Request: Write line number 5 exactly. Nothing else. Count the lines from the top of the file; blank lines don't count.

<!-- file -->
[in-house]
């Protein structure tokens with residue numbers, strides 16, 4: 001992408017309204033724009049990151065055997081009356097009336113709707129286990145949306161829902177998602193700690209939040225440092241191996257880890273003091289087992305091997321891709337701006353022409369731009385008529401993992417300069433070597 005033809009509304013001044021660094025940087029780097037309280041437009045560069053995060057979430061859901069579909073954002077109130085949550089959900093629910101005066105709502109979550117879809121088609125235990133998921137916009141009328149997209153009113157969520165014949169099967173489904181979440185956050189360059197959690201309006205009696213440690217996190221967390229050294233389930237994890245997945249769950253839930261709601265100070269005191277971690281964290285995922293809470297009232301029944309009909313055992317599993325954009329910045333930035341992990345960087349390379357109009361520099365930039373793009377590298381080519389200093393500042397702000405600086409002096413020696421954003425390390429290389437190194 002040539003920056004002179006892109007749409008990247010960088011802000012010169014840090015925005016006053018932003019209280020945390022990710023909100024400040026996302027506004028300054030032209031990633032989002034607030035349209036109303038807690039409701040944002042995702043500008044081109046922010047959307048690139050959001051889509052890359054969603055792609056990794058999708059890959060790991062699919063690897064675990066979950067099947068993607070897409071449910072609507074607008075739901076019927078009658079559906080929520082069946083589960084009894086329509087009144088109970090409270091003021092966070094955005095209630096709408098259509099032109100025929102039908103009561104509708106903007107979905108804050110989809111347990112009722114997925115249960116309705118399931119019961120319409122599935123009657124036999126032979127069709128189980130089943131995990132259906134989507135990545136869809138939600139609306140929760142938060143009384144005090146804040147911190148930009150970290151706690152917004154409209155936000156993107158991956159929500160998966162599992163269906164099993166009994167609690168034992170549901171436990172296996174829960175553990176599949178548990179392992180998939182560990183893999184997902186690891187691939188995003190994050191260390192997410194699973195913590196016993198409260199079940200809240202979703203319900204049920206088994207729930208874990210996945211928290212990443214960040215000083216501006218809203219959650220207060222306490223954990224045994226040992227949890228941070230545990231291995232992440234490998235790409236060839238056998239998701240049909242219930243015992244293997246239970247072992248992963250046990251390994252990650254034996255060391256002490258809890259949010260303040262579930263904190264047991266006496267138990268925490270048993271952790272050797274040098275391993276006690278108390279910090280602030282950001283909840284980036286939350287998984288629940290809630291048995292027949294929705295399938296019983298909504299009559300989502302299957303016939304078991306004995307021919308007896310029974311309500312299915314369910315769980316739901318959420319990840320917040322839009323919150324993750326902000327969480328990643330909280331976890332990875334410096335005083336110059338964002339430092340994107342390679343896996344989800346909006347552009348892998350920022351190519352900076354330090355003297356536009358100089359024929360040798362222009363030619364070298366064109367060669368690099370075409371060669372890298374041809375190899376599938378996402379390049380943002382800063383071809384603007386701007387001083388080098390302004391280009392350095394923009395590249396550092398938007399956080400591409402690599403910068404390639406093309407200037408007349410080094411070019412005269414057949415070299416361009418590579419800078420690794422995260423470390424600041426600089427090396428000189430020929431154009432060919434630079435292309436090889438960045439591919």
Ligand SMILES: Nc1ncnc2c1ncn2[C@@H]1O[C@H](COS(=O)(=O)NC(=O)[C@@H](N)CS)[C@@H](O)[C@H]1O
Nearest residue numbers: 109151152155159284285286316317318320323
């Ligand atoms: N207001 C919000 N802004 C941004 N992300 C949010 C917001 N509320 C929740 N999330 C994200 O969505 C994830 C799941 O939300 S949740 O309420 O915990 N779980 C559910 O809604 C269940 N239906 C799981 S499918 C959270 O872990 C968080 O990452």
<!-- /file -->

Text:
């Ligand atoms: N207001 C919000 N802004 C941004 N992300 C949010 C917001 N509320 C929740 N999330 C994200 O969505 C994830 C799941 O939300 S949740 O309420 O915990 N779980 C559910 O809604 C269940 N239906 C799981 S499918 C959270 O872990 C968080 O990452």